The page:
• Hi! I've just been recently diagnosed as Celiac through the whole biopsy-shebang, and I have a little bit of insight on the whole diagnosis thing and how I was eventually diagnosed, and my advice for you. Brace yourself, this might be a bit long, but it might be worth the read and I promise I will eventually get to the point. If you don't want the huge story, skip to the long line of capital As: I first saw my doctor when I had a few problems swallowing. I've compared it to when you're nervous and you feel like you have a lump in your throat - but after I eat and (sometimes) drink. I just mentioned briefly it to my family doctor when I was addressing another issue, but right away he referred me to a gastroenterologist and ordered a barium swallow x-ray test. The x-ray came back completely normal, and so the g.e. then suspected GERD, put me on acid blockers to see if they would work, no harm done sort of thing. The only thing I got out of the acid blockers were the side effects, so it was back to square 1. The g.e. said that the next test he could do was an upper endoscopy with biopsies. (hint: the celiac test!) Wanting to find a solution to my problems, the endoscopy was scheduled. Pretty painless, I was in and out in a day, but the results took much much longer. Biopsies, or the little pieces of my esophagus, stomach, and small intestine, were sent to the lab, and they came back clean. I didn't really go back to the g.e. for a whole year after that because life became busy, I wasn't prompted to follow up, and I just dismissed the swallowing problems the best I could and went on my way. Now, I've never been huge on the gluten, big bread-y sandwiches or croissants or pies were never foods that I super "enjoyed". I wouldn't feel bad after eating them, I just didn't like the taste of bread so much, but I loved cookies, cake and a lot of other things that do have gluten in them. I lead a lowish gluten life but I wasn't really monitoring it that way. Everything changed when I got really nasty (systemic) poison ivy. My eyes were swollen shut, and the rash was everywhere. I almost went to the hospital, but cooped out at the family doctor's place and got a script for prednisone (a steroid). But, I found that after I had tapered off the steroids, I had magically become lactose intolerant. So back to the family doctor again probably because I broke my toe or something, but we also got to talk about this magical lactose intolerance business (because I love anything dairy and it was indeed devastating). He was surprised as there is literally no correlation between steroids and becoming lactose intolerant. He asked me if I still had the swallowing problems, which I did, and so it was back to the g.e. for round 3. because my family doctor "does not believe in coincidences". Meeting with the G.E., he mainly addressed the swallowing problems telling me that he had done what he could to diagnose with the technology that we had at the highly specialized hospital that we were at, and I would have to travel about 3 hours away to see a different doctor who would do some tests involving the muscles in the esophagus. But right before I was about to leave, we started talking about lactose intolerance. He brought up other foods that I was avoiding (if any), and then the conversation went to gluten. I mentioned that I had an aunt that was gluten-sensitive. He advised that I do the blood test that can show an indication of celiac whenever in the future. I decided to do it that day. At this point in time, I was not eating much gluten because of the fact that it was personal preference. The normal range for values in this test is from 0 to 20. A few weeks later, I learned that I scored a 35. A second upper endoscopy with biopsies was scheduled, but this time I was told to eat a moderate amount of gluten everyday before the procedure. I ate about two slices of bread per day, which is more than I normally would. I was normal for the first two-three weeks of the gluten plus diet, but then I became really sick. I started getting the normal celiac symptoms, like diarrhea and extreme tiredness. Near the end, I had debilitating stomach pain and I was 2 times more asleep than awake each day. I couldn't do the 2 pieces of bread a day some days, but the pain was still there. I knew that I wouldn't ever have to force myself to eat bread for a test ever again. I was called a few days before my endoscopy telling me that a kid in a worse state than me had to take the OR during my time. I forced myself to eat more bread for another month and a half. The day finally came. I was diagnosed celiac, which I have concluded to be initiated by (1) the steroids/poison ivy and (2) the gluten binge fest.  AAAAAAAAAAAAAAAAAAAAAAAAAAAAAAAAAAAAAAAAAAAAAAAAAAAAAAAAAAAAAAAAAAAAAAAAA Celiac Disease isn't completely understood yet. Most of the time if you weren't showing symptoms when you were a baby (so your case) it means that celiac was/could be triggered by an event in your life that causes stress on the body (like stress, physical injury, etc.).  The positive result that you got from the blood test doesn't automatically mean celiac, but it could. Here's some options: Talk to your doctor (or a different doctor) or even a specialist gastroenterologist (you can get a referral from a family doctor (general physician)) and see if you can do the blood test again, you have to have some kind of gluten for this to work in advance, so if you don't want to break your gluten-free streak, than don't really invest in this option. If you feel comfortable, you could even ask to do this test under a few scenarios (no gluten (now) and after a gluten binge, compare results). If you do this test and your indication is low off gluten and then high after gluten, I'd probably skip the biopsy. That's a strong enough sign that you don't need to put yourself through the painful-gluten binge. Maybe this is what that first doctor just assumed. But having that test when you haven't had any gluten could make the difference - it acts as a control. Go straight to the biopsy. You could do this, but I'd probably do the blood test first. I went through a lot of stress with the gluten-binge that you have to do to get an accurate result, you would also be breaking your gluten-free diet that may/may not be helping you right now. Do nothing, stay on your gluten free diet hoping that it is helping you. But if you are not celiac or gluten-sensitive (celiac before it starts to wreck your small intestine), going gluten free isn't healthy - you can do some research on this if it interests you. If you feel bad/unhealthy after going gluten free it's probably a sign. Good luck, also know that you might come to a point of stress in your life that can start celiac's destructive path. Ultimately, it is your body, and you should not feel forced or hesitate to act on health issues that impact you.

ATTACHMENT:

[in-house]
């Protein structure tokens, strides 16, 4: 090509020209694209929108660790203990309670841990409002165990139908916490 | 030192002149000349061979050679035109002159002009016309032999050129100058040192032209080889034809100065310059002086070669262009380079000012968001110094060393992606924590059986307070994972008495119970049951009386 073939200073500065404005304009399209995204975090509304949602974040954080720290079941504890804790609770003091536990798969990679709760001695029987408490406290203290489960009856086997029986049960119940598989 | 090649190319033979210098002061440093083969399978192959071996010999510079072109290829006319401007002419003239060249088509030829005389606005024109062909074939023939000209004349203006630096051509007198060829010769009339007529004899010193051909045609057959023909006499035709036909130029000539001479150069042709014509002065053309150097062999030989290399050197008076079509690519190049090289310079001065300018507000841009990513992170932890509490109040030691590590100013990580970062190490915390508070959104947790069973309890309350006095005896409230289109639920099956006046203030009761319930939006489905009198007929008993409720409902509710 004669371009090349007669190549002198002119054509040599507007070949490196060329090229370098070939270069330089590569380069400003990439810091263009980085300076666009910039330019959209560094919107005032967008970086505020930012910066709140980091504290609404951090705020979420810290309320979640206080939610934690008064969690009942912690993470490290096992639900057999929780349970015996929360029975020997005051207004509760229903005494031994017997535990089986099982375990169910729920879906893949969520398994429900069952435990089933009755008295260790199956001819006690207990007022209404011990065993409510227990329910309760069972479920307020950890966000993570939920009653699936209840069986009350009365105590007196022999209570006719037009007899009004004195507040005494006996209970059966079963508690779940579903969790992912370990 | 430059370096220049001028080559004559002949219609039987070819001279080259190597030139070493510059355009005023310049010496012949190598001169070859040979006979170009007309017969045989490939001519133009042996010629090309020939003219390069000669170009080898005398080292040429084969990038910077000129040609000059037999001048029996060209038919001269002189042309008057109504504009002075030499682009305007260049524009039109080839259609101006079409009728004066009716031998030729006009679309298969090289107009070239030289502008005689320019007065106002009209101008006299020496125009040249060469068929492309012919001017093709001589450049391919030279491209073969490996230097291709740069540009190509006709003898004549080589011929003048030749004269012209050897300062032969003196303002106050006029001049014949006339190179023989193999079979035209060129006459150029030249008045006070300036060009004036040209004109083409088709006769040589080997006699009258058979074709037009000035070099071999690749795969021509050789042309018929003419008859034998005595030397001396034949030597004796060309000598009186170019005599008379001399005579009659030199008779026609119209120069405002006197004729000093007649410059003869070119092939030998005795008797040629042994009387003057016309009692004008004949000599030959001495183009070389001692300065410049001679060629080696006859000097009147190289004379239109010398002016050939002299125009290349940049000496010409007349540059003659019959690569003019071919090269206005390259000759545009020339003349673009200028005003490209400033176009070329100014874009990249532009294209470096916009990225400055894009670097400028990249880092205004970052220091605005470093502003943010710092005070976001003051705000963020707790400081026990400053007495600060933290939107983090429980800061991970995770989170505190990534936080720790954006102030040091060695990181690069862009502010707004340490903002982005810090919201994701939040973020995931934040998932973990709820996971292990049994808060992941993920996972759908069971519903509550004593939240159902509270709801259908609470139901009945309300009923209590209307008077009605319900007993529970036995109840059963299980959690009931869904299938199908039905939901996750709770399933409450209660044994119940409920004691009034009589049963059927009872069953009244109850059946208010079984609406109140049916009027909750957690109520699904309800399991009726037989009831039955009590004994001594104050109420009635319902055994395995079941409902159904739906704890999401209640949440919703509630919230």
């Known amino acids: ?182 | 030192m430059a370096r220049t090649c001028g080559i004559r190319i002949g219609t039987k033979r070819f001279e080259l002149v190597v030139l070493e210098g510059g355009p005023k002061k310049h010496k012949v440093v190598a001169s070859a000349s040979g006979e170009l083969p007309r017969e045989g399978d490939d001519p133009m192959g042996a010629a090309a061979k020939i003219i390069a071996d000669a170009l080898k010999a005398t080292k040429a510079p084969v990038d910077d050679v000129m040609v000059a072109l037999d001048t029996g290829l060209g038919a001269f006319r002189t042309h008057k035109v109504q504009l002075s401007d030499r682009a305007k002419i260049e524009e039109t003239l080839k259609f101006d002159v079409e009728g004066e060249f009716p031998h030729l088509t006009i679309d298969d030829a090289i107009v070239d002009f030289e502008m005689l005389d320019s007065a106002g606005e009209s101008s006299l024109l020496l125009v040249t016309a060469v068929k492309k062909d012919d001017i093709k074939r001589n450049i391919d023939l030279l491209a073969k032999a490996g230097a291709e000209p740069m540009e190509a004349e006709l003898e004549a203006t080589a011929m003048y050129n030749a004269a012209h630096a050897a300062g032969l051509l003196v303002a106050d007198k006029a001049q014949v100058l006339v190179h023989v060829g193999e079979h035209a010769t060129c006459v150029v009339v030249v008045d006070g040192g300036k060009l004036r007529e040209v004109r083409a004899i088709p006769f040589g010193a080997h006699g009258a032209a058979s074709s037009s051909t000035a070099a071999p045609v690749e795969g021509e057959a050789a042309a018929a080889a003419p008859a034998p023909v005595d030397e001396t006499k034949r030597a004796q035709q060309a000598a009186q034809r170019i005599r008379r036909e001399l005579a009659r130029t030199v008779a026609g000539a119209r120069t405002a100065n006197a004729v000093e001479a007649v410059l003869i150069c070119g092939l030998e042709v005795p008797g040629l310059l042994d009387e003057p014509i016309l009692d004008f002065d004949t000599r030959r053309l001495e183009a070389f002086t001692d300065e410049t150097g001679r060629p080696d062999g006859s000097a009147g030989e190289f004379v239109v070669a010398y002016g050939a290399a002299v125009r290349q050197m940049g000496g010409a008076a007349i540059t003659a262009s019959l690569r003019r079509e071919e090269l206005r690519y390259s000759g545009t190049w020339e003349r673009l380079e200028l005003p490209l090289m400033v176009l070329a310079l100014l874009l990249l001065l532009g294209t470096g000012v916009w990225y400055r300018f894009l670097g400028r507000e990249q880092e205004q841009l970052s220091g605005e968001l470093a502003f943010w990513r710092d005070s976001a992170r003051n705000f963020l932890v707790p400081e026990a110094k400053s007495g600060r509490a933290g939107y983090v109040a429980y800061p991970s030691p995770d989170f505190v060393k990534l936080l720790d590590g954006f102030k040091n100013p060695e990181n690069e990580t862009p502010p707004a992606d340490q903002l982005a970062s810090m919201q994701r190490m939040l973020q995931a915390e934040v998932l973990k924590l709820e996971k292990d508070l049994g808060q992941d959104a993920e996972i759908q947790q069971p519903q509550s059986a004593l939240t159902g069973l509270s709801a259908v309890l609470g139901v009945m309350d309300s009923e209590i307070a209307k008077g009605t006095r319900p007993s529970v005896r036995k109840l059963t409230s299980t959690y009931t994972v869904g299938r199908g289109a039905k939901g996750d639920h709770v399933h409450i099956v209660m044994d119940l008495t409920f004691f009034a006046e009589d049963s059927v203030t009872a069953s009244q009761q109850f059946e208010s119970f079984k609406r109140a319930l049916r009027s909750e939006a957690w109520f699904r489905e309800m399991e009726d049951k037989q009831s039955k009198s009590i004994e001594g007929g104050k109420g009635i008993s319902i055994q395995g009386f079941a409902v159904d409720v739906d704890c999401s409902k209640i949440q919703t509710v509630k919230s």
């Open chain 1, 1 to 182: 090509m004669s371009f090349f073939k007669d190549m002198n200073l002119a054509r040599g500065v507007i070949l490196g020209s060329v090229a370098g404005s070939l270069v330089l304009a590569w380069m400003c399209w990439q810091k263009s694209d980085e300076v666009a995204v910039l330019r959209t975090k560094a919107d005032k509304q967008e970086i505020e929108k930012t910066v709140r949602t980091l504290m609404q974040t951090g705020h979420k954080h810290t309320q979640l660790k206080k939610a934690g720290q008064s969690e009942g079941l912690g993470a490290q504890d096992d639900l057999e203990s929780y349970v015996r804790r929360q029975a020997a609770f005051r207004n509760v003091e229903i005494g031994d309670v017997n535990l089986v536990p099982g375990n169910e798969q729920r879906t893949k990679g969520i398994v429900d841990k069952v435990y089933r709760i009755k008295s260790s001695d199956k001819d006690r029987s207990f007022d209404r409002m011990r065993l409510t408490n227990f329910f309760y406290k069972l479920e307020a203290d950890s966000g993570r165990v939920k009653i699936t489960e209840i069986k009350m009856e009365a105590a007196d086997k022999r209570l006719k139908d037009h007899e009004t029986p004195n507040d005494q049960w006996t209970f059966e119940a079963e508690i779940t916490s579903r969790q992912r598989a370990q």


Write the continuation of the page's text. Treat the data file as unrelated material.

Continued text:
• Upcoming Events